Intestinal intussusception is uncommon in the adult population. Most cases of intussusception present with intestinal obstruction and up to 30% of cases in adults are associated with malignant pathology.1 Due to the fixation of the pancreas and associated duodenal C-loop to the retroperitoneum, duodenojejunal intussusception is exceptionally rare,2 with less than twenty cases reported in the literature. Causes of duodenal intussusception include duodenal ulcers,3 duplication cysts,4 adenomatous and other polyps,5 as well as adenocarcinomas.1 Gastric outlet obstruction is the most common mode of presentation.1 In this case, the presentation was that of acute pancreatitis, which is almost unprecedented. One similar case has been reported, which describes a 13-year-old male presenting with recurrent episodes of pancreatitis, later shown to be due to a fenestrated duodenal web in the second part of the duodenum acting as the lead point for the intussusception.6 Duodenal intussusception should be considered in the differential diagnosis of gastric outlet obstruction (GOO). GOO due to gastro-jejunal intussusception is more common, with a pathological lead point present in the distal stomach.7 Gastrointestinal stromal tumours (GISTs) have been known to account for gastro-duodenal intussusception due to increased mobility and tumour weight that result in tumour "drooping".8 In our patient the duodenojejunal intussusception was most likely caused by a similar mechanism.

Inflammatory fibroid polyps (IFPs) are benign mesenchy-mal tumours. The cell of origin is unknown and although they share a common PDGFRA gene mutation, IFPs are clearly distinguished from GIST by their morphology, submucosal origin and clinical behaviour. IFPs accounts for 0.1-3% of all gastric polyps. Most are small lesions diagnosed incidentally, while larger polyps tend to display surface ulceration.3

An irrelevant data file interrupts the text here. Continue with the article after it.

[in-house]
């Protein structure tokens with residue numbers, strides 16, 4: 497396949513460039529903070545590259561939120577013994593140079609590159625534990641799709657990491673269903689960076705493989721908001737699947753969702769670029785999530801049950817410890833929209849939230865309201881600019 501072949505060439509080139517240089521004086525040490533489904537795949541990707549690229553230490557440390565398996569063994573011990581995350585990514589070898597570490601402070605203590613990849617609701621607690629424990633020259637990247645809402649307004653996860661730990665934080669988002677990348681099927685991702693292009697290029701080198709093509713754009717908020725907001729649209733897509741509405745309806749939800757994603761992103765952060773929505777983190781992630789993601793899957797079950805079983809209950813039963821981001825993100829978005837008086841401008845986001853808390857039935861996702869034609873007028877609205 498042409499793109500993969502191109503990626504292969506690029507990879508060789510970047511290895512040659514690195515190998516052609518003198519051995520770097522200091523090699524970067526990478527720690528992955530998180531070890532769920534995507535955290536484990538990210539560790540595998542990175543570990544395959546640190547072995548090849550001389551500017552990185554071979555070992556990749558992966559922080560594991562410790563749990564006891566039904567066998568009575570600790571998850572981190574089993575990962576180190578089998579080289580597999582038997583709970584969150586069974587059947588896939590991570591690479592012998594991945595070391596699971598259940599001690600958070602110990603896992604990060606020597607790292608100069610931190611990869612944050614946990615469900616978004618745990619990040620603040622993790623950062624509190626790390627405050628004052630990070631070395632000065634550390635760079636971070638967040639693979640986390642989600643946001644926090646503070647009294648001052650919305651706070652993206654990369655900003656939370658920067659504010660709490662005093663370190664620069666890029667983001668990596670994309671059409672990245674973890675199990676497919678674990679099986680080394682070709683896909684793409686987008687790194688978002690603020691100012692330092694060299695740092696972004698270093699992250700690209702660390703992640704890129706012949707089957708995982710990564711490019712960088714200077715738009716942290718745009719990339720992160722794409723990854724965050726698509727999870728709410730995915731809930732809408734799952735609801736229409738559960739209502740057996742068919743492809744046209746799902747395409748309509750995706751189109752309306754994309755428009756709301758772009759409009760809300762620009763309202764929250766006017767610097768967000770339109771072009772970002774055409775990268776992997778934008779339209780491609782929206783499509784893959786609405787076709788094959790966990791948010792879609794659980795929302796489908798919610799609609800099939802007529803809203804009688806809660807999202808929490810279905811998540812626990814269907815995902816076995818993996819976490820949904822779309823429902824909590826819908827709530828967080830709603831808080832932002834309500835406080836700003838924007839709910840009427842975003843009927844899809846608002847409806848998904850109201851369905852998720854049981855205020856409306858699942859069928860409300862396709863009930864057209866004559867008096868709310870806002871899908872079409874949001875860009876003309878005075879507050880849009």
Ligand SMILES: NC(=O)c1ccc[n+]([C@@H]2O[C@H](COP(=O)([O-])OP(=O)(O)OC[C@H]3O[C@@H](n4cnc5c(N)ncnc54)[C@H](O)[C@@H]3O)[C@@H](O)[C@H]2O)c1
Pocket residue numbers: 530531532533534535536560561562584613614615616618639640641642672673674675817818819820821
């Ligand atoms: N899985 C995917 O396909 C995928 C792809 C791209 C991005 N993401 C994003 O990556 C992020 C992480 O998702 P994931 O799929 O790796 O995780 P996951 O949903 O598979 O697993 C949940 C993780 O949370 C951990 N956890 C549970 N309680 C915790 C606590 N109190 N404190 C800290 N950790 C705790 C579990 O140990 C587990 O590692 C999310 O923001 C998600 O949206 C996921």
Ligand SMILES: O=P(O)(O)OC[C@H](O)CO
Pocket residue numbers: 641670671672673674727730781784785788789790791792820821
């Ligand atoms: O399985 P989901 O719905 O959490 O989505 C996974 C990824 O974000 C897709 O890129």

A few cases are documented to have presented with upper gastrointestinal haemorrhage,2 but biliary and/or pancreaticduct (PD) dilatation has not been reported. In this case the presence of biliary and pancreatic duct dilation raised concern for malignancy prior to surgical exploration. The report of pneumatosis intestinalis on CT scan was also worrisome, but preoperative endoscopy was of benefit in assessing the viability of the bowel as well as noting a possible lead point with a benign appearance. Preoperative biopsies would not have been helpful as the mass was mobile, difficult to visualise on endoscopy and in a submucosal location, resulting in biopsies that were unlikely to be representative of the lesion. We considered a GIST to be the most probable preoperative diagnosis.

Endoscopic treatment of duodenal mass lesions includes snare polypectomy,7 but was not possible in this case due to the large size of the lesion, as well as the intussusception that required surgical reduction. In children, fluoroscopic reduction of duodenal intussusception is the treatment of choice, while in adults, resection is advised due to the higher risk of malignant lead points that may require oncological resection. Reduction prior to resection should be avoided if the bowel is compromised due to the high risk of perfo-ration.2

Our surgical approach was simple and consisted of manual reduction of the intussusception, followed by antimesenteric duodenotomy and organ-sparing resection of the mass, since no malignancy or bowel ischaemia was suspected. The duodenum was re-approximated in a longitudinal fashion without causing narrowing due to the dilated condition of the duodenum.



Duodenal intussusception is rare in adults and may mimic acute pancreatitis. The diagnosis is easily made with CT, and upper gastrointestinal endoscopy may aid in identifying a lead point and the exclusion of ischaemia. Surgery consists of reduction of the intussusception with resection of the lead point tailored to its point of origin and the presence of malignancy.

Conflict of interest

The authors declare no conflict of interest.

Funding source


Ethical approval

Ethical approval was received from the Stellenbosch University Human Research Ethics Committee C20/07/023.


H Reiner

I Mia

WC Coetzee

A Lambrechts

S Hofmeyr



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A Lambrechts